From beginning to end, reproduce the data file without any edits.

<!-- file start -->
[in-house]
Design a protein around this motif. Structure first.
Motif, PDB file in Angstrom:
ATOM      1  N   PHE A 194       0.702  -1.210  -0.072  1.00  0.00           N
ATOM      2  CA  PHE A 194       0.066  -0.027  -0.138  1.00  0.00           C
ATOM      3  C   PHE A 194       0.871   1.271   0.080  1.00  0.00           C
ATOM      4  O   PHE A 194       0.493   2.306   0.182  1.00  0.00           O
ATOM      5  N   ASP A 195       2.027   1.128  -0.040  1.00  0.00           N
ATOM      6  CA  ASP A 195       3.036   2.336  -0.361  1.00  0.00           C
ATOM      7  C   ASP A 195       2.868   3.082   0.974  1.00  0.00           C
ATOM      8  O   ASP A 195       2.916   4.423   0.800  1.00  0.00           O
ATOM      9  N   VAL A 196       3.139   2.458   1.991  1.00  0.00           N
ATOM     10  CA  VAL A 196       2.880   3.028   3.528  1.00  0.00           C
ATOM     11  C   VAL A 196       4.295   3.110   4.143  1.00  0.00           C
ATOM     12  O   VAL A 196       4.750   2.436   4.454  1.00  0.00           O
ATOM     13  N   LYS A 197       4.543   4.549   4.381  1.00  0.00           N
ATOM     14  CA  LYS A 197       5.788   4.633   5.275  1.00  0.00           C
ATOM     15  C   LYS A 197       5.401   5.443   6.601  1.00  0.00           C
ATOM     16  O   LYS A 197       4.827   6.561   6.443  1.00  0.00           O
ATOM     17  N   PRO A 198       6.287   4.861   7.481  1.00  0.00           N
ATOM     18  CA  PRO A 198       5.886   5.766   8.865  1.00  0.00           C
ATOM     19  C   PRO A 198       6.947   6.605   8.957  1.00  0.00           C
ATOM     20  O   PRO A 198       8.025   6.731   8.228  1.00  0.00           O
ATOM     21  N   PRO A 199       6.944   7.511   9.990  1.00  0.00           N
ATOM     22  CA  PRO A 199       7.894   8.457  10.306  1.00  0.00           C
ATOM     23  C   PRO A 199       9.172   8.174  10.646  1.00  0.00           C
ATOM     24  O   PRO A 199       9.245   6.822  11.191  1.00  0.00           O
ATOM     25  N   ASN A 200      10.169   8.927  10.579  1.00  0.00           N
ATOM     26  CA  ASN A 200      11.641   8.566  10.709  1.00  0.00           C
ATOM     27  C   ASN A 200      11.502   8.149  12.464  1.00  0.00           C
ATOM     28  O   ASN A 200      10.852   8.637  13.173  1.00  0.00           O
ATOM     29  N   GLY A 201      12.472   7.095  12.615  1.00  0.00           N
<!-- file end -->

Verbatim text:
[in-house]
Design a protein around this motif. Structure first.
Motif, PDB file in Angstrom:
ATOM      1  N   PHE A 194       0.702  -1.210  -0.072  1.00  0.00           N
ATOM      2  CA  PHE A 194       0.066  -0.027  -0.138  1.00  0.00           C
ATOM      3  C   PHE A 194       0.871   1.271   0.080  1.00  0.00           C
ATOM      4  O   PHE A 194       0.493   2.306   0.182  1.00  0.00           O
ATOM      5  N   ASP A 195       2.027   1.128  -0.040  1.00  0.00           N
ATOM      6  CA  ASP A 195       3.036   2.336  -0.361  1.00  0.00           C
ATOM      7  C   ASP A 195       2.868   3.082   0.974  1.00  0.00           C
ATOM      8  O   ASP A 195       2.916   4.423   0.800  1.00  0.00           O
ATOM      9  N   VAL A 196       3.139   2.458   1.991  1.00  0.00           N
ATOM     10  CA  VAL A 196       2.880   3.028   3.528  1.00  0.00           C
ATOM     11  C   VAL A 196       4.295   3.110   4.143  1.00  0.00           C
ATOM     12  O   VAL A 196       4.750   2.436   4.454  1.00  0.00           O
ATOM     13  N   LYS A 197       4.543   4.549   4.381  1.00  0.00           N
ATOM     14  CA  LYS A 197       5.788   4.633   5.275  1.00  0.00           C
ATOM     15  C   LYS A 197       5.401   5.443   6.601  1.00  0.00           C
ATOM     16  O   LYS A 197       4.827   6.561   6.443  1.00  0.00           O
ATOM     17  N   PRO A 198       6.287   4.861   7.481  1.00  0.00           N
ATOM     18  CA  PRO A 198       5.886   5.766   8.865  1.00  0.00           C
ATOM     19  C   PRO A 198       6.947   6.605   8.957  1.00  0.00           C
ATOM     20  O   PRO A 198       8.025   6.731   8.228  1.00  0.00           O
ATOM     21  N   PRO A 199       6.944   7.511   9.990  1.00  0.00           N
ATOM     22  CA  PRO A 199       7.894   8.457  10.306  1.00  0.00           C
ATOM     23  C   PRO A 199       9.172   8.174  10.646  1.00  0.00           C
ATOM     24  O   PRO A 199       9.245   6.822  11.191  1.00  0.00           O
ATOM     25  N   ASN A 200      10.169   8.927  10.579  1.00  0.00           N
ATOM     26  CA  ASN A 200      11.641   8.566  10.709  1.00  0.00           C
ATOM     27  C   ASN A 200      11.502   8.149  12.464  1.00  0.00           C
ATOM     28  O   ASN A 200      10.852   8.637  13.173  1.00  0.00           O
ATOM     29  N   GLY A 201      12.472   7.095  12.615  1.00  0.00           N